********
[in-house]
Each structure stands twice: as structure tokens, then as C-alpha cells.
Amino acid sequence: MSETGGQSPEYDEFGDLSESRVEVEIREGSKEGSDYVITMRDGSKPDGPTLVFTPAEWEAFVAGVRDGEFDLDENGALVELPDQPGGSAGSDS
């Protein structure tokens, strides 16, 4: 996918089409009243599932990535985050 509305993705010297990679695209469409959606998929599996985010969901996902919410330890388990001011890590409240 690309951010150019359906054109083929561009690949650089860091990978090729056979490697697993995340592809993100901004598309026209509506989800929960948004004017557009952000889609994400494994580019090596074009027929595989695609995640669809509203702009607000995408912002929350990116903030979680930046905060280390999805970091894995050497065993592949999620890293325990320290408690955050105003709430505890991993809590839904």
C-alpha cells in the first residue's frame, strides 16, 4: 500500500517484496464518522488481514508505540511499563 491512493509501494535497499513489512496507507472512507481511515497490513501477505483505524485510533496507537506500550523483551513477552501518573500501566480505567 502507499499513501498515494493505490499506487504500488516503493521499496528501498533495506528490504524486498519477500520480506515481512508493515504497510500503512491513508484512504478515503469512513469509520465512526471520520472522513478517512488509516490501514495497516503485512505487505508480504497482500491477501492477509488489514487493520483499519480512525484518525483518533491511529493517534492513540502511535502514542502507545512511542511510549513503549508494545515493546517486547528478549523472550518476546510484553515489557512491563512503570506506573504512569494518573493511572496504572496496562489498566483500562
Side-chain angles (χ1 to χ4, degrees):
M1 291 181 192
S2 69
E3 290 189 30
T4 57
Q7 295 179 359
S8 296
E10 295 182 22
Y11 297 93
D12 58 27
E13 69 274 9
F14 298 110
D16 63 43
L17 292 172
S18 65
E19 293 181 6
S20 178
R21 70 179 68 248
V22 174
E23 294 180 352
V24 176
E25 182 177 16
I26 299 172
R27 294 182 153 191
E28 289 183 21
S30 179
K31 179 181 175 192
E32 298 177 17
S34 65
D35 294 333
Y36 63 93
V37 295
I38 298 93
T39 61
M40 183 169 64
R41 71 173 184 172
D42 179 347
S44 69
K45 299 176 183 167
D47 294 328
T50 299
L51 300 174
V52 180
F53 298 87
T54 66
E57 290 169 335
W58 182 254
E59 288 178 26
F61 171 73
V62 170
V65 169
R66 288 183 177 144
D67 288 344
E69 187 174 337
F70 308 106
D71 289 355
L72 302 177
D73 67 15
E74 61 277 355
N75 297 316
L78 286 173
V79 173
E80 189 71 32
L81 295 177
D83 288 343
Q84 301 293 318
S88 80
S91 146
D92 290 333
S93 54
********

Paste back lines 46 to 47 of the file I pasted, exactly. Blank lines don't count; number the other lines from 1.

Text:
T50 299
L51 300 174